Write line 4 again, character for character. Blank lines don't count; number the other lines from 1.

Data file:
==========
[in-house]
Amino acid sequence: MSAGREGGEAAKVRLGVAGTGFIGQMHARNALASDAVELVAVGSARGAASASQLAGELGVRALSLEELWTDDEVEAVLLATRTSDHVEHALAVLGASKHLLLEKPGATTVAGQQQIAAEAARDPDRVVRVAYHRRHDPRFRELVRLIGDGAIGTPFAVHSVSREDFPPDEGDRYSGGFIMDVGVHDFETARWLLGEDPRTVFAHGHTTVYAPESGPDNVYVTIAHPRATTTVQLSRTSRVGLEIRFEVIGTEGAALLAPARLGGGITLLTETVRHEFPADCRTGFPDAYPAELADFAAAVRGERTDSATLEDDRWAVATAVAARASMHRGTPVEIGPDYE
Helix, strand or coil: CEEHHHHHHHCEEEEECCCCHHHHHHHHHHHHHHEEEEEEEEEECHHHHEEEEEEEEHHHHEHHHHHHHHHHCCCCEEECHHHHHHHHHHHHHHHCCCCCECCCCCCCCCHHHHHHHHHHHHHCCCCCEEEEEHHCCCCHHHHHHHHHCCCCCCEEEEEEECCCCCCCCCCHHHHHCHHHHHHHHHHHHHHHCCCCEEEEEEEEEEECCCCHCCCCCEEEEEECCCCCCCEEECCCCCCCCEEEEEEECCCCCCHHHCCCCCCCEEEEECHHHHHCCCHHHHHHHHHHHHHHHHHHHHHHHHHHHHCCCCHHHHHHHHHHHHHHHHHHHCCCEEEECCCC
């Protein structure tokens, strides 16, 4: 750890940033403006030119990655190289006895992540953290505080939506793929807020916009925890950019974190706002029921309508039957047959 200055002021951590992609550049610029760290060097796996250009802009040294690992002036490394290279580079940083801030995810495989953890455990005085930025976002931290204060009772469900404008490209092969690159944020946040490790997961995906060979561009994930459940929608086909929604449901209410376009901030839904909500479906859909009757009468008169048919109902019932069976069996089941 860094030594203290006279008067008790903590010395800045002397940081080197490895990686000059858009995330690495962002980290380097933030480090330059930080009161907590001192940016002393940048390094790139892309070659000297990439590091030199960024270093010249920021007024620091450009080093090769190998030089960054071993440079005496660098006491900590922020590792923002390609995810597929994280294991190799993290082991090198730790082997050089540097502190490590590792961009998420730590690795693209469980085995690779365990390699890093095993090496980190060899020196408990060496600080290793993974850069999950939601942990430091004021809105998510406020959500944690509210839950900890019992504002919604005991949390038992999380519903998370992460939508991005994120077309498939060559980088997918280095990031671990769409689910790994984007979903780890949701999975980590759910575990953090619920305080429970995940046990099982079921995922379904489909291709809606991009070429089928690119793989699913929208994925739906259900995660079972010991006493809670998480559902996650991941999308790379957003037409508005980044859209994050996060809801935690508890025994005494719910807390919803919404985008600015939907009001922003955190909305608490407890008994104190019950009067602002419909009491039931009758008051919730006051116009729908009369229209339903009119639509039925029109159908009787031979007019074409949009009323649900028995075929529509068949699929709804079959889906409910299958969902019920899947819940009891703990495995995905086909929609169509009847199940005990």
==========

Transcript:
């Protein structure tokens, strides 16, 4: 750890940033403006030119990655190289006895992540953290505080939506793929807020916009925890950019974190706002029921309508039957047959 200055002021951590992609550049610029760290060097796996250009802009040294690992002036490394290279580079940083801030995810495989953890455990005085930025976002931290204060009772469900404008490209092969690159944020946040490790997961995906060979561009994930459940929608086909929604449901209410376009901030839904909500479906859909009757009468008169048919109902019932069976069996089941 860094030594203290006279008067008790903590010395800045002397940081080197490895990686000059858009995330690495962002980290380097933030480090330059930080009161907590001192940016002393940048390094790139892309070659000297990439590091030199960024270093010249920021007024620091450009080093090769190998030089960054071993440079005496660098006491900590922020590792923002390609995810597929994280294991190799993290082991090198730790082997050089540097502190490590590792961009998420730590690795693209469980085995690779365990390699890093095993090496980190060899020196408990060496600080290793993974850069999950939601942990430091004021809105998510406020959500944690509210839950900890019992504002919604005991949390038992999380519903998370992460939508991005994120077309498939060559980088997918280095990031671990769409689910790994984007979903780890949701999975980590759910575990953090619920305080429970995940046990099982079921995922379904489909291709809606991009070429089928690119793989699913929208994925739906259900995660079972010991006493809670998480559902996650991941999308790379957003037409508005980044859209994050996060809801935690508890025994005494719910807390919803919404985008600015939907009001922003955190909305608490407890008994104190019950009067602002419909009491039931009758008051919730006051116009729908009369229209339903009119639509039925029109159908009787031979007019074409949009009323649900028995075929529509068949699929709804079959889906409910299958969902019920899947819940009891703990495995995905086909929609169509009847199940005990």